The Safety and Health Committee, along with the participation of the membership, exists to ensure the safest working conditions possible for every TWU 555 Member.
|Chair: Karl Mager TPA – email@example.com|
|Rudy Del Real MDW – Rudy.DelReal@twu555.org|
|Dina Enders LAS – Dina.firstname.lastname@example.org|
|Dan Hilton PIT – Dan.email@example.com|
|Steve Riley DTW – Steve.firstname.lastname@example.org|
|Accident Investigation Form|
|Station Safety Reports|
|SRS Submission Guide|
|File a safety and health complaint with OSHA.|
|Ground/Provo Equipment Inspection Forms|
|Safety Committee Request|
Protect Yourself in the Heat
Summer is fast approaching along with extreme temperatures. It is important that when we are working in high temperatures we are able to recognize heat disorder symptoms.
SUNBURN: Redness and pain. In severe cases swelling of skin, blisters, fever, headaches.
First Aid: Ointments for mild cases if blisters appear and do not break. If breaking occurs, apply dry sterile dressing. Serious, extensive cases should be seen by physician.
HEAT CRAMPS: Painful spasms usually in the muscles of legs and abdomen with heavy sweating.
First Aid: Firm pressure on cramping muscles or gentle massage to relieve spasm. Give sips of water. If nausea occurs, discontinue water.
HEAT EXHAUSTION: Heavy sweating; weakness; cold, pale, clammy skin; thready pulse; fainting and vomiting but may have normal temperature.
First Aid: Get victim out of sun. Once inside, the person should lay down and loosen his or her clothing. Apply cool, wet cloths. Fan or move victim to air conditioned room. Offer sips of water. If nausea occurs, discontinue water. If vomiting continues, seek immediate medical attention.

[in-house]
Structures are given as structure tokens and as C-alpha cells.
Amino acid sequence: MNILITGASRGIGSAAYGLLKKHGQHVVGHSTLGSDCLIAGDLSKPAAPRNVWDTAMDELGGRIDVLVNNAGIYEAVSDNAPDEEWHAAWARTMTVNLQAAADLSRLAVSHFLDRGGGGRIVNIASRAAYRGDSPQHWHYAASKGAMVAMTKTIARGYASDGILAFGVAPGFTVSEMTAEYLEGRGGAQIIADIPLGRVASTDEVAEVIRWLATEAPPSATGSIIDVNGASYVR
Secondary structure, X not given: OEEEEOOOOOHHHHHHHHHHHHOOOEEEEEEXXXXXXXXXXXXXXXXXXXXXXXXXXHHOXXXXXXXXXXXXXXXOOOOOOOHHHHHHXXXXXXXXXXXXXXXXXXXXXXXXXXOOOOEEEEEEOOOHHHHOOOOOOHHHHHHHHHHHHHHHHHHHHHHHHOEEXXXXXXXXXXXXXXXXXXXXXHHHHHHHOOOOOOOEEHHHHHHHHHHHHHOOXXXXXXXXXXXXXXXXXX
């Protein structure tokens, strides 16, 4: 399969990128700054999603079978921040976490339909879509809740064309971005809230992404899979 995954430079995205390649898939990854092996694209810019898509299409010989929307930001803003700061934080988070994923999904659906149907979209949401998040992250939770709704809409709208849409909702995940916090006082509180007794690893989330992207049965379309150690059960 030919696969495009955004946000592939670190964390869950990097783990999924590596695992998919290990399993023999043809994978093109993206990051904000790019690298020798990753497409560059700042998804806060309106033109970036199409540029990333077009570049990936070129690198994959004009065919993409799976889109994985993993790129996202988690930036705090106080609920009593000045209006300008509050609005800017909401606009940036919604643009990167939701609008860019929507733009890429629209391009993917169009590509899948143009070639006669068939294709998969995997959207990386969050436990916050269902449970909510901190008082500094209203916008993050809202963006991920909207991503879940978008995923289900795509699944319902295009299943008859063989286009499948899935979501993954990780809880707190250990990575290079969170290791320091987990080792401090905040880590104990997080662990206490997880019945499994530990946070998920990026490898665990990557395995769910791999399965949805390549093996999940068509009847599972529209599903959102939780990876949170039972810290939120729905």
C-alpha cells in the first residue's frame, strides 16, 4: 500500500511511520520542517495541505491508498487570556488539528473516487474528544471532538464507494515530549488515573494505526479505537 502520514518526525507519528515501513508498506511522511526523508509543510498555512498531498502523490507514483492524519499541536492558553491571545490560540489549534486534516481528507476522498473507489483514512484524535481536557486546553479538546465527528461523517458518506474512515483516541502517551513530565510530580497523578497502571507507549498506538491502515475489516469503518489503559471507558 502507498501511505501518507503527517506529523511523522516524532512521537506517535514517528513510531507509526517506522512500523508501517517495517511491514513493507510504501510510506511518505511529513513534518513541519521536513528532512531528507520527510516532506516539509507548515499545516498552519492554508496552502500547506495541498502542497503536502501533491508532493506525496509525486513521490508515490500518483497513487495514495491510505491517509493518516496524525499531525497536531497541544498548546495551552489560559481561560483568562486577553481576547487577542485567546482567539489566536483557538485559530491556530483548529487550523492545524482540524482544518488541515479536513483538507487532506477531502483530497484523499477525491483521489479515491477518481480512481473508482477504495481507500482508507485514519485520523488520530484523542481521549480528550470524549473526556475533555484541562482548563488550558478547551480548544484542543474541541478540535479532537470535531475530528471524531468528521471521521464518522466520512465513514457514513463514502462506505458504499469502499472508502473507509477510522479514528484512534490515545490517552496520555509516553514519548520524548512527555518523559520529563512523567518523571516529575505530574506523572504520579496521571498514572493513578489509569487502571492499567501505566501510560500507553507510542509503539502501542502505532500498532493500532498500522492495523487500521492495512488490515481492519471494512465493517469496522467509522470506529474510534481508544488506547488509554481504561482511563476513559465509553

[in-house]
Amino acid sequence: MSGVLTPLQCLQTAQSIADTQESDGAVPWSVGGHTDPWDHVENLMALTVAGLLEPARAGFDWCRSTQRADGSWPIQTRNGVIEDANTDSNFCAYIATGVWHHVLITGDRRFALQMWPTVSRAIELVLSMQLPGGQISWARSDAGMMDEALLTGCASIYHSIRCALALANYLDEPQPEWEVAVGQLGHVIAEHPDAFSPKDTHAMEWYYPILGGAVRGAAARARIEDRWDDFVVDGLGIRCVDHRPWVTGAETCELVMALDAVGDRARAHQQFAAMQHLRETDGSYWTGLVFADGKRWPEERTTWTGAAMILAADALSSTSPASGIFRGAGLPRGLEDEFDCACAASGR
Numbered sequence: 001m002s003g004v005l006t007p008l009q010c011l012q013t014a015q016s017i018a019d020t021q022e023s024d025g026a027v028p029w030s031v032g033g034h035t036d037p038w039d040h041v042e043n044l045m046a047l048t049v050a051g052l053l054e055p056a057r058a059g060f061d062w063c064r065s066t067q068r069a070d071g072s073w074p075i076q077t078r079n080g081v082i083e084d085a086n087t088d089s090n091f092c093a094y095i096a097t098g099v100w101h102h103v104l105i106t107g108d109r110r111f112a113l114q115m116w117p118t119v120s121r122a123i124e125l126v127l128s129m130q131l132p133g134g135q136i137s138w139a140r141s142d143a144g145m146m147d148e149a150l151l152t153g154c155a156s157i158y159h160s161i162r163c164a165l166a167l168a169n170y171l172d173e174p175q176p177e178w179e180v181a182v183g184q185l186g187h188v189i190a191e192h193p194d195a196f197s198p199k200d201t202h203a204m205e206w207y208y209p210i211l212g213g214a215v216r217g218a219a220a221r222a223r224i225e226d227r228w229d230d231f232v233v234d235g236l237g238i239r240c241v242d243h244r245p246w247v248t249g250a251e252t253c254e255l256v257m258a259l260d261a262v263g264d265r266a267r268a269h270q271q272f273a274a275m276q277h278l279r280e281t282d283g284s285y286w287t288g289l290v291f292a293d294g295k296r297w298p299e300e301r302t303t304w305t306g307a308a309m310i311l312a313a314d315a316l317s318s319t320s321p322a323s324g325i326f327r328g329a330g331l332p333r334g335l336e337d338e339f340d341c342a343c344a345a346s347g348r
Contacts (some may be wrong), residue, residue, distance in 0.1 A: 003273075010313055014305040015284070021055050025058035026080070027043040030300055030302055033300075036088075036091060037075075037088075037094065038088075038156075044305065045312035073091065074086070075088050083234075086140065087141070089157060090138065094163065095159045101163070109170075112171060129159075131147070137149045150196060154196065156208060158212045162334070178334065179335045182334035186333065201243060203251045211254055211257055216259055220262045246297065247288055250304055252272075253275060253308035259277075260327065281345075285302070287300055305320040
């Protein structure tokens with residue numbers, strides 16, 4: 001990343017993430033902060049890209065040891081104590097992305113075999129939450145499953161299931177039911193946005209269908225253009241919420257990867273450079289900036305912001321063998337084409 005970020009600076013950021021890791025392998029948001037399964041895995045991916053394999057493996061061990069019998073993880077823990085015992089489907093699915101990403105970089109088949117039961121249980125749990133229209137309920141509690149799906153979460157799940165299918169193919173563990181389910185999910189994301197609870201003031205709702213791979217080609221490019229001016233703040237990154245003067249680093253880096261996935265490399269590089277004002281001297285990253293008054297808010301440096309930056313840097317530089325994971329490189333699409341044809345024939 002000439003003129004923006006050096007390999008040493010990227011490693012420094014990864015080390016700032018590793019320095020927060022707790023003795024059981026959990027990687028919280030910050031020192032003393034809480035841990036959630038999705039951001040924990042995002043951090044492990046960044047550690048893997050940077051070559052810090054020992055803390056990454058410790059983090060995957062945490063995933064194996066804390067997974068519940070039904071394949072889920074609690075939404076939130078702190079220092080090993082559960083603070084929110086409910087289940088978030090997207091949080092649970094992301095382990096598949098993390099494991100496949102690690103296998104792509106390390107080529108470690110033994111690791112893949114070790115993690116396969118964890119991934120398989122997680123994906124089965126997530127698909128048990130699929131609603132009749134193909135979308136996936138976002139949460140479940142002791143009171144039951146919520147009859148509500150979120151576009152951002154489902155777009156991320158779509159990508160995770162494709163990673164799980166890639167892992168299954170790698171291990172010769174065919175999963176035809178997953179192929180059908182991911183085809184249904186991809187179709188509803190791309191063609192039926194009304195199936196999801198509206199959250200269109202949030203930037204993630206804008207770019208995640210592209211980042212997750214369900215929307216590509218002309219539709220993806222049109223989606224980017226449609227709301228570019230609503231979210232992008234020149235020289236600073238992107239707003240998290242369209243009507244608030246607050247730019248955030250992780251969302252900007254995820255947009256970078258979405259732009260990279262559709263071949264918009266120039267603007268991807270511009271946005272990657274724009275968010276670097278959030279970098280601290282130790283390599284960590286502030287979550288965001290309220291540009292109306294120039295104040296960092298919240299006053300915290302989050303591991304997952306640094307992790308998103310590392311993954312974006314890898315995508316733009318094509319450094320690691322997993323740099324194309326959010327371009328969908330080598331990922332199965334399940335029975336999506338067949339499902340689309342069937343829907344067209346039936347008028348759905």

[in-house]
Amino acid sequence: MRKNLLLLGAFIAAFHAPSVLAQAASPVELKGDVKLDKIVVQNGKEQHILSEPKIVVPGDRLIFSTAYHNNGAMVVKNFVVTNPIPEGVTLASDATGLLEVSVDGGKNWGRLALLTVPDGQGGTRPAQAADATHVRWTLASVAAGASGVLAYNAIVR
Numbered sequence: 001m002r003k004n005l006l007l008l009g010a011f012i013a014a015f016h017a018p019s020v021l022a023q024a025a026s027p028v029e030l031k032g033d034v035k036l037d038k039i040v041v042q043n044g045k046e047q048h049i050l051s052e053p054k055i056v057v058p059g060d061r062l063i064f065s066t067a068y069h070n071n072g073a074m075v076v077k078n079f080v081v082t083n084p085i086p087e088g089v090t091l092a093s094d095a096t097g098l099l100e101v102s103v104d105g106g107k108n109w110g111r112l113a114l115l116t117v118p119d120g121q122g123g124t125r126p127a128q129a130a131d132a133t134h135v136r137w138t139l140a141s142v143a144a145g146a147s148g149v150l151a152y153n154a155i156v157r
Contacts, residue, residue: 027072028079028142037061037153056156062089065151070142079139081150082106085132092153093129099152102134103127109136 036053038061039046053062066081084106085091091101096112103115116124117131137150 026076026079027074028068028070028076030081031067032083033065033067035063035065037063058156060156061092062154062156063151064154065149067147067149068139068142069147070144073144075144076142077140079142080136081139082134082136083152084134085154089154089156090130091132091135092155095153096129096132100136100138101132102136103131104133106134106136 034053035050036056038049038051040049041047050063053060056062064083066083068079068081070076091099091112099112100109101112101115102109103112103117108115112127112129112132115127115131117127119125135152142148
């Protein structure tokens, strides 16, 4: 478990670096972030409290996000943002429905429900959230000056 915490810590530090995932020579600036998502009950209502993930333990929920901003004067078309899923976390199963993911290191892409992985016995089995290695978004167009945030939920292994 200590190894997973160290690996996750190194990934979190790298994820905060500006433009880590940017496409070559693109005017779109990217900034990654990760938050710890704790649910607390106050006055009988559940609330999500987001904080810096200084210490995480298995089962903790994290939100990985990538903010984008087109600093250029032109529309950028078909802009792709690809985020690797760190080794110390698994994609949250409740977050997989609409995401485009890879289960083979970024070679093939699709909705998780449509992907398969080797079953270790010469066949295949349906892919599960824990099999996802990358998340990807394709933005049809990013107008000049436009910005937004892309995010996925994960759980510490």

HEAT STROKE (or sunstroke): High body temperature (106°F or higher), hot dry skin, rapid and strong pulse, possible unconsciousness.
First Aid: HEAT STROKE IS A SEVERE MEDICAL EMERGENCY. SUMMON EMERGENCY MEDICAL ASSISTANCE OR GET THE VICTIM TO A HOSPITAL IMMEDIATELY! DELAY CAN BE FATAL!
While waiting for emergency assistance, move the victim to a cooler environment reduce body temperature with cold bath or sponging. Use extreme caution. Remove clothing, use fans and air conditioners. If temperature rises again, repeat process. Do NOT give fluids. Persons on salt restrictive diets should consult a physician before increasing their salt intake.
It is important that you protect yourself.
- Know and report early signs and symptoms.
- Drink water frequently.
- Take Breaks in cool, shaded areas.
- Wear light-colored, loose-fitting Clothing
- Report problems with heat, Air Conditioning or drinking water
Keep in mind that even though no OSHA standard exists on heat breaks, a safe workplace is your right.
Source: NOAA and the TWU International Health and Safety Task Force